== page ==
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New research reveals 2010 Montreal Protocol prevented rapid acceleration of climate change

CFC ban protected vegetation that has absorbed carbon from the atmosphere

Aug 18, 2021 - by Ali Branscombe

New research provides evidence that an international policy first enacted more than three decades ago is buffering Earth from a severe climate change path that would have sent global temperatures soaring. 

According to a new study published in the journal Nature, the global ban of chlorofluorocarbons and other ozone-depleting substances prescribed by the 1987 Montreal Protocol and its subsequent amendments has prevented the eventual collapse of the ozone layer, thereby shielding vegetation from harmful ultraviolet radiation. This has preserved the planet’s ability to absorb and store carbon from the atmosphere as plant biomass and prevented a substantial increase in global temperatures by the end of the century.

Scientists already understood that ozone-depleting substances were also potent greenhouse gases that trap heat in the atmosphere, and this study confirmed that the Montreal Protocol has reduced warming caused by the greenhouse effect. But this study, led by Lancaster University, is the first to show that the preservation of plants prevents substantial additional warming, something that had not been considered before. 

The new study used a novel modeling framework that combines data about ozone depletion, climate change, plant damage, and the carbon cycle. Two scientists from the National Center for Atmospheric Research (NCAR), Sasha Madronich and Rolando Garcia, contributed to the study by helping quantify how much plant damage would have been caused by increased UV radiation if not for the ban.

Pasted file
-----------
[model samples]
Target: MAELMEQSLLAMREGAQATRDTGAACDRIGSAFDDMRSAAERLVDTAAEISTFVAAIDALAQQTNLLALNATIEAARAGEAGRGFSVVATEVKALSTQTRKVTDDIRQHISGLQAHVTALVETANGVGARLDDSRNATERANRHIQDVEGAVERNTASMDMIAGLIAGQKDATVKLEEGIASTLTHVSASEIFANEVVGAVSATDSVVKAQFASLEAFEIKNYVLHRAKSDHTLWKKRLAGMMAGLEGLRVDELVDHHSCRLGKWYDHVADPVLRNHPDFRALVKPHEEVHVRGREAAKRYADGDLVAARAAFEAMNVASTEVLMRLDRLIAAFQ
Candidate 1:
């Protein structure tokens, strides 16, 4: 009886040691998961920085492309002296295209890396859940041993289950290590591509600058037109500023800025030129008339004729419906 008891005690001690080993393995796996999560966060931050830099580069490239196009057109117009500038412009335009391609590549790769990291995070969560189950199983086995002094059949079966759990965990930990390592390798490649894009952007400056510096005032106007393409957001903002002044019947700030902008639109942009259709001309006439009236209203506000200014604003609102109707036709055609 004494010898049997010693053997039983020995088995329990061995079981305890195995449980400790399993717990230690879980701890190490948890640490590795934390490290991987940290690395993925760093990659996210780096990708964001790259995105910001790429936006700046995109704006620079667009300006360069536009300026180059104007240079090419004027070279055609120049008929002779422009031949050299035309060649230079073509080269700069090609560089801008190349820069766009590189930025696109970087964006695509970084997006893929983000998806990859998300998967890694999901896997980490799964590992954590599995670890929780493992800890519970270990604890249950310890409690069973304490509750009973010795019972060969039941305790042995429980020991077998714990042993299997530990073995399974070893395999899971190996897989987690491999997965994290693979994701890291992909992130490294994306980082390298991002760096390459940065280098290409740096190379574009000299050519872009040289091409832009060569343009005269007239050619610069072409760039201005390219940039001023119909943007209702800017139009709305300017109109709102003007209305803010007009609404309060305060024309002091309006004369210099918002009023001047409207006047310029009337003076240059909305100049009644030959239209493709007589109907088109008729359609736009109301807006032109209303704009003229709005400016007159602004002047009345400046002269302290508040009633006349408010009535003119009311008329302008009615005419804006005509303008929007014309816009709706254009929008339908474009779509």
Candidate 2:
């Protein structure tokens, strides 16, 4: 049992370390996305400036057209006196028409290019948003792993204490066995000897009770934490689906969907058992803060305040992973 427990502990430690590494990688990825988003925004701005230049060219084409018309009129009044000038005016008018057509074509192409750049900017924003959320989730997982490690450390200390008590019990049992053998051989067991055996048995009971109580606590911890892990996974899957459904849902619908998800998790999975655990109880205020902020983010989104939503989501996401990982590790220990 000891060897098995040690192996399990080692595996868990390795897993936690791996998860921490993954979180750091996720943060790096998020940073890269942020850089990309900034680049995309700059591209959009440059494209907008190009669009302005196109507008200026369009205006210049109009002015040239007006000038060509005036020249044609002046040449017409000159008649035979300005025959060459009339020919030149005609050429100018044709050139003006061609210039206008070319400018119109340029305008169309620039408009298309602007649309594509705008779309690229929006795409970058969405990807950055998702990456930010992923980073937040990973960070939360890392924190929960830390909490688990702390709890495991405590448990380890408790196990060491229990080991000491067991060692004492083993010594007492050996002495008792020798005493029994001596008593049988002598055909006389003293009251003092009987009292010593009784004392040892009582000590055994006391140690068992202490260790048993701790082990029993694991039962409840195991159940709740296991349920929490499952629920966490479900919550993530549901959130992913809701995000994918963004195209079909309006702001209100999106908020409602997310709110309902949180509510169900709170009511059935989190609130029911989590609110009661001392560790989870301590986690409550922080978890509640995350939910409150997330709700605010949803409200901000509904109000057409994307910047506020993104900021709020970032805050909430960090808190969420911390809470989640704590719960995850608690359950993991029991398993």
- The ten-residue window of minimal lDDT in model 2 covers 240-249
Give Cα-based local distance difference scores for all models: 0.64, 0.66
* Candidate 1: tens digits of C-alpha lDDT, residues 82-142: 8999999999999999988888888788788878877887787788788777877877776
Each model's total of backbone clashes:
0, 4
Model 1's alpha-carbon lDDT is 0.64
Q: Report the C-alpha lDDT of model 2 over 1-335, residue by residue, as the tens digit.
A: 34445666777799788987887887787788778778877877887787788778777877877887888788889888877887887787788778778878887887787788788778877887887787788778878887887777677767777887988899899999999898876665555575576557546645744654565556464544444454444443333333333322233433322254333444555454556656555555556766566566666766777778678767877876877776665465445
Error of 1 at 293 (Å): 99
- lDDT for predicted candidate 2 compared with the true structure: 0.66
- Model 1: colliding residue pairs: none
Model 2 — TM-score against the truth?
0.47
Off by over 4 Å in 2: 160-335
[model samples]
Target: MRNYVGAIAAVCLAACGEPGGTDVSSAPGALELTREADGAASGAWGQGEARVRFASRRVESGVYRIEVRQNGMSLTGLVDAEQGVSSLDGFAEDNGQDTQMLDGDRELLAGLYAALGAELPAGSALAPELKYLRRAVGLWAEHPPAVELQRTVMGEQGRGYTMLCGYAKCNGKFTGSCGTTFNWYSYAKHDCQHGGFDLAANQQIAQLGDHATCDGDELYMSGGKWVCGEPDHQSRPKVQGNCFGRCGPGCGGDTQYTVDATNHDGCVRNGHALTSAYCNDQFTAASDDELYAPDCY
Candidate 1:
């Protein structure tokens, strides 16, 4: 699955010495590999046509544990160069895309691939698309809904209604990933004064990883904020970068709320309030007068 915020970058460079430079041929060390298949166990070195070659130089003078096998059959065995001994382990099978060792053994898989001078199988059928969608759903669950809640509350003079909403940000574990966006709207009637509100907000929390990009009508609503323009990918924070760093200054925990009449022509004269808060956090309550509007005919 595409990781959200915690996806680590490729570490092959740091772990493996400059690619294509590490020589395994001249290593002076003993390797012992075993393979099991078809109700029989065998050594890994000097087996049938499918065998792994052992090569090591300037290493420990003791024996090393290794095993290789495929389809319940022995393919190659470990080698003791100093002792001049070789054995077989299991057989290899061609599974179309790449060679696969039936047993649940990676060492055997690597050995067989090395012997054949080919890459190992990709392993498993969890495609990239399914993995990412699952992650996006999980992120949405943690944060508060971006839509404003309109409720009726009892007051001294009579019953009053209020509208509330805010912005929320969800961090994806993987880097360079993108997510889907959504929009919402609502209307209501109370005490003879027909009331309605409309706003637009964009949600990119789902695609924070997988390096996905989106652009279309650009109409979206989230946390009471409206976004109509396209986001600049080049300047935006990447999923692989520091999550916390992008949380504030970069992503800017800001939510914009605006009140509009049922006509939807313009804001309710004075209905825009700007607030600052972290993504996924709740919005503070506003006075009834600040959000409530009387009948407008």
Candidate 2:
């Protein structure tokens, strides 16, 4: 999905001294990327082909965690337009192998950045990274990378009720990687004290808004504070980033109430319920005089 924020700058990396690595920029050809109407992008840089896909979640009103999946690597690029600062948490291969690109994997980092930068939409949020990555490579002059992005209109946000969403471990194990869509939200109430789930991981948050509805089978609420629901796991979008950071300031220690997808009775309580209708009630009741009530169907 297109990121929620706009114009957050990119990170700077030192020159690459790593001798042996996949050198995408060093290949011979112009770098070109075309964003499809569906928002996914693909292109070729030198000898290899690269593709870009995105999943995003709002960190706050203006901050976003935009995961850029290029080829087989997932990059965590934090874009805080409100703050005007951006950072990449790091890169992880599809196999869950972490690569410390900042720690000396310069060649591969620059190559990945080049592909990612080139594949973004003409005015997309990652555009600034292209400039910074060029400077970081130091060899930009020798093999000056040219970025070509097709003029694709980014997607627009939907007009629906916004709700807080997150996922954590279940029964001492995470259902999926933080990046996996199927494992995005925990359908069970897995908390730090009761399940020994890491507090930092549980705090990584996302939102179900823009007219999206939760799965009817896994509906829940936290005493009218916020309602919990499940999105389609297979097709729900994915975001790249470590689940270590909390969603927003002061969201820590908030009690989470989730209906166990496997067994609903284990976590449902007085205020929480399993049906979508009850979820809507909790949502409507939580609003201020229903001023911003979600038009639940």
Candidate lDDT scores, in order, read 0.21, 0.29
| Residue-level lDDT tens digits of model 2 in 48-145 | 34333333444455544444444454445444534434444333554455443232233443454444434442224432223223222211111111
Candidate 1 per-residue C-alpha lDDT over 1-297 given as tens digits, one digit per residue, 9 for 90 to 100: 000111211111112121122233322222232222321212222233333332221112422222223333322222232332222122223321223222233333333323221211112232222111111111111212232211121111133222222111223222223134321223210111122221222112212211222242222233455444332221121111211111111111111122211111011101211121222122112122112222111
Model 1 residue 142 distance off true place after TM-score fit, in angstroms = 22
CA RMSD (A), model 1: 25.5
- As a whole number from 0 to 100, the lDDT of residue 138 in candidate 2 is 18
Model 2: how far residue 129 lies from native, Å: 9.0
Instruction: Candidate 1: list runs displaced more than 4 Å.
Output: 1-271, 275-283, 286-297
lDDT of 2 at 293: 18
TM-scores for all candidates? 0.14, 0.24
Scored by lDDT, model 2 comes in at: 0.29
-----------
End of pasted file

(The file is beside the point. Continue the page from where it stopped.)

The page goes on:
Key findings from the study are:

  • Continued growth in CFCs would have led to a worldwide collapse in the ozone layer by the 2040s.
  • Without the Montreal Protocol, the scientists estimate there would have been 325-690 billion tons less carbon held in plants and soil at the end of this century.
  • The preservation of plant biomass will prevent an additional 0.85°C of warming by the end of this century. This is an addition to the prevention of 1.7°C of warming that would be caused by the greenhouse effect of the ozone-depleting substances.
  • By 2100 there would have been 60% less ozone above the tropics. This level of depletion would have been worse than was ever observed in the Antarctic ozone hole.
  • By 2050 the intensity of solar UV radiation reaching the ground in the mid-latitudes, which includes most of Europe, the United States, and central Asia, would be higher than it is today in the tropics.

Read the full press release from Lancaster University.

 

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